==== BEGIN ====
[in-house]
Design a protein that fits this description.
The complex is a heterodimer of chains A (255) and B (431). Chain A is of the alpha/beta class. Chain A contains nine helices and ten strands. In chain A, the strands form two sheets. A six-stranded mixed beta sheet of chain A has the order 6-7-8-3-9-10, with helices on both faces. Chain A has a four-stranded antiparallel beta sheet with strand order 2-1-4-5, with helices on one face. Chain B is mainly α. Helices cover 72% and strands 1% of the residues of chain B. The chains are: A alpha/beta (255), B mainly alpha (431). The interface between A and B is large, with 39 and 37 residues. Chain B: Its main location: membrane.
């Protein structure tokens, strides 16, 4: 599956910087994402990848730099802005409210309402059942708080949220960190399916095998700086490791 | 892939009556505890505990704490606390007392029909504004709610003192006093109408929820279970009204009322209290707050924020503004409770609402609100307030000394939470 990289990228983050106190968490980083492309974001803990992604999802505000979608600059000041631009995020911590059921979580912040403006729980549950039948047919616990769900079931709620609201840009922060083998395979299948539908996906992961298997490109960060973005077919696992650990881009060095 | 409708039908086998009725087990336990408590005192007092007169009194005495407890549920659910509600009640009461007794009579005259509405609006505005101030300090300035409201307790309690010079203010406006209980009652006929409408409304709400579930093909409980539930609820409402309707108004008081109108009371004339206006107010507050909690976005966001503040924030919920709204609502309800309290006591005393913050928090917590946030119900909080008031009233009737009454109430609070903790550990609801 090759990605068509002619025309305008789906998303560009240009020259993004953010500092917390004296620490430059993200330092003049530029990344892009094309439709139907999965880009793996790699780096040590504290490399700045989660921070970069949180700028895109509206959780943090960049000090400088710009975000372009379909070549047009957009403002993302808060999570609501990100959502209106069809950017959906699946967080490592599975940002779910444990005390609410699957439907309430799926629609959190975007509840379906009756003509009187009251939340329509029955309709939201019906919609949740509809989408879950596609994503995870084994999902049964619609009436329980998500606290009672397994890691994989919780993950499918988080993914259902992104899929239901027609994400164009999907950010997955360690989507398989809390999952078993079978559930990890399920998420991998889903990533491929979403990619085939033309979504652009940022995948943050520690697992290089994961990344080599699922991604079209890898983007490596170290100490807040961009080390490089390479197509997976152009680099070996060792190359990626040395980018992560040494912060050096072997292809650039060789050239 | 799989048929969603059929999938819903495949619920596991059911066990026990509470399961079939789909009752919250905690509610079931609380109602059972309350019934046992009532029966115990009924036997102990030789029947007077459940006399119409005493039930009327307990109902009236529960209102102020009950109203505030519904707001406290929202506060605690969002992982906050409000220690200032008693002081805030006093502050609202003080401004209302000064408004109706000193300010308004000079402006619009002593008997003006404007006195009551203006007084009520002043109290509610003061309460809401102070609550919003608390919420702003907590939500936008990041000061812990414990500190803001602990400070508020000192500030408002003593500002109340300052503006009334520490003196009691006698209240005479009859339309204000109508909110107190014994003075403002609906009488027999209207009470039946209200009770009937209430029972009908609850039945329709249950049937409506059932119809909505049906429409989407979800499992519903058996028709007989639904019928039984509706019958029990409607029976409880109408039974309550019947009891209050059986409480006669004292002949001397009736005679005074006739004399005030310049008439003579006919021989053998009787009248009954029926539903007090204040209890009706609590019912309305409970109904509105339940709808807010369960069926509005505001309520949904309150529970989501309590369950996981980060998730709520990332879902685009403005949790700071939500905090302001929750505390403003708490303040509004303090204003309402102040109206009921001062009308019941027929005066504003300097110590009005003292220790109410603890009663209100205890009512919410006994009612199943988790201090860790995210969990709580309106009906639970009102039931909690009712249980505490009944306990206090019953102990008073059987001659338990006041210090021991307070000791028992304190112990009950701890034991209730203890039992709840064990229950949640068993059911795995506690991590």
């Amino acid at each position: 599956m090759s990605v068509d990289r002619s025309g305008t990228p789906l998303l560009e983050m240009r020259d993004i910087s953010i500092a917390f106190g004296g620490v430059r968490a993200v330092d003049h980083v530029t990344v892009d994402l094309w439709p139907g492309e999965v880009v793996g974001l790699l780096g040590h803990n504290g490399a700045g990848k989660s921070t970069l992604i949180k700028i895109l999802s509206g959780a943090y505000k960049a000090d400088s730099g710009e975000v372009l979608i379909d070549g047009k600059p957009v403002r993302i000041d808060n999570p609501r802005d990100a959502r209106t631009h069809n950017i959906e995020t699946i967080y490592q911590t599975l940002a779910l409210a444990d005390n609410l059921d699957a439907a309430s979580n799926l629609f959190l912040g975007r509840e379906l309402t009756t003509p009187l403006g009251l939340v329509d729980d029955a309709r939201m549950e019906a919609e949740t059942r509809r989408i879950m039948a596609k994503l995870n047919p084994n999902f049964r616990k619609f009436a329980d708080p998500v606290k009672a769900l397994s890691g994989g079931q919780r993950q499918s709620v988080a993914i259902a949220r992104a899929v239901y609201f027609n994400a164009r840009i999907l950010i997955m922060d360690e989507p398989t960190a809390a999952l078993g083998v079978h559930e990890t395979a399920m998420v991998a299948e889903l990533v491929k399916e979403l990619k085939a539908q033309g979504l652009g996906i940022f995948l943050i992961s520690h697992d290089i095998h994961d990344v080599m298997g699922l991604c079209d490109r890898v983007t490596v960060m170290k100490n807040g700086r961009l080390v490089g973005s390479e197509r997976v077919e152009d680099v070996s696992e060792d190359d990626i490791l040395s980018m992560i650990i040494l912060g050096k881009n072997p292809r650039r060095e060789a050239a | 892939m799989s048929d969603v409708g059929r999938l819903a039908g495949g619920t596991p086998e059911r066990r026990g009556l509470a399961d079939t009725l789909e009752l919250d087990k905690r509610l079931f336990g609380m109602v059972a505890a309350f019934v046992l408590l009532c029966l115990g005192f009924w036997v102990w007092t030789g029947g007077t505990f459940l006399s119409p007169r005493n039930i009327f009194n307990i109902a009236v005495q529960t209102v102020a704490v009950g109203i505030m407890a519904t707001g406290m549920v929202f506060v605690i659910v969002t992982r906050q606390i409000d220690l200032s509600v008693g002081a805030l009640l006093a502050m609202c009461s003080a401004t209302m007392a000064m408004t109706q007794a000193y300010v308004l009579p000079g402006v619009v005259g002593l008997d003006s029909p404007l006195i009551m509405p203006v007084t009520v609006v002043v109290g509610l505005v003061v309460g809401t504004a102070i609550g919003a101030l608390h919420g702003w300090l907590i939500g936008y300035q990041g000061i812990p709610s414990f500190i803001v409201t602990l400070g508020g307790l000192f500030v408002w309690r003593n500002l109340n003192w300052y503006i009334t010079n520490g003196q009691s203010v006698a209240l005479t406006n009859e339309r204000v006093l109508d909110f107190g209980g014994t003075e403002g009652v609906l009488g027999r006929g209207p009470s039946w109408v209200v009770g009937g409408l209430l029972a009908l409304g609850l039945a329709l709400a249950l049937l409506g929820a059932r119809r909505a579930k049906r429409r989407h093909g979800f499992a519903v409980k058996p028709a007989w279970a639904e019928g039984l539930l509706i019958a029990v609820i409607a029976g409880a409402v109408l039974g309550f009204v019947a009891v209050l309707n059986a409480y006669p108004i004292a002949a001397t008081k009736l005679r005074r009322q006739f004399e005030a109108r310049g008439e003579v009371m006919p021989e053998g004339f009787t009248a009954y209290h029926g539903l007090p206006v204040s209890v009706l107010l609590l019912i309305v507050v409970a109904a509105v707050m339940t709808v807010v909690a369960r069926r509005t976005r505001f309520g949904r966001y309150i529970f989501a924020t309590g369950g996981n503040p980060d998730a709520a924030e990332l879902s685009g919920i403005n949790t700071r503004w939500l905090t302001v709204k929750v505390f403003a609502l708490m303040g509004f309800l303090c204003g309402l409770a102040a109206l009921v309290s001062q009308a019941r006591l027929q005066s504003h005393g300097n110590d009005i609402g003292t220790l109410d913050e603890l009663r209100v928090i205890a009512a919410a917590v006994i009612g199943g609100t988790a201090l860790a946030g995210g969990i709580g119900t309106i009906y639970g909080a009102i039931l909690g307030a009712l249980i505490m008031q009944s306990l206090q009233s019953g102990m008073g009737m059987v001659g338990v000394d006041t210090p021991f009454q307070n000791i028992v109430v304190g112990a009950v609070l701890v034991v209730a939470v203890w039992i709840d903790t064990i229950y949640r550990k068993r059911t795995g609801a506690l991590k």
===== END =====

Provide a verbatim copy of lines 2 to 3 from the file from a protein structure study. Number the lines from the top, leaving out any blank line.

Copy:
Design a protein that fits this description.
The complex is a heterodimer of chains A (255) and B (431). Chain A is of the alpha/beta class. Chain A contains nine helices and ten strands. In chain A, the strands form two sheets. A six-stranded mixed beta sheet of chain A has the order 6-7-8-3-9-10, with helices on both faces. Chain A has a four-stranded antiparallel beta sheet with strand order 2-1-4-5, with helices on one face. Chain B is mainly α. Helices cover 72% and strands 1% of the residues of chain B. The chains are: A alpha/beta (255), B mainly alpha (431). The interface between A and B is large, with 39 and 37 residues. Chain B: Its main location: membrane.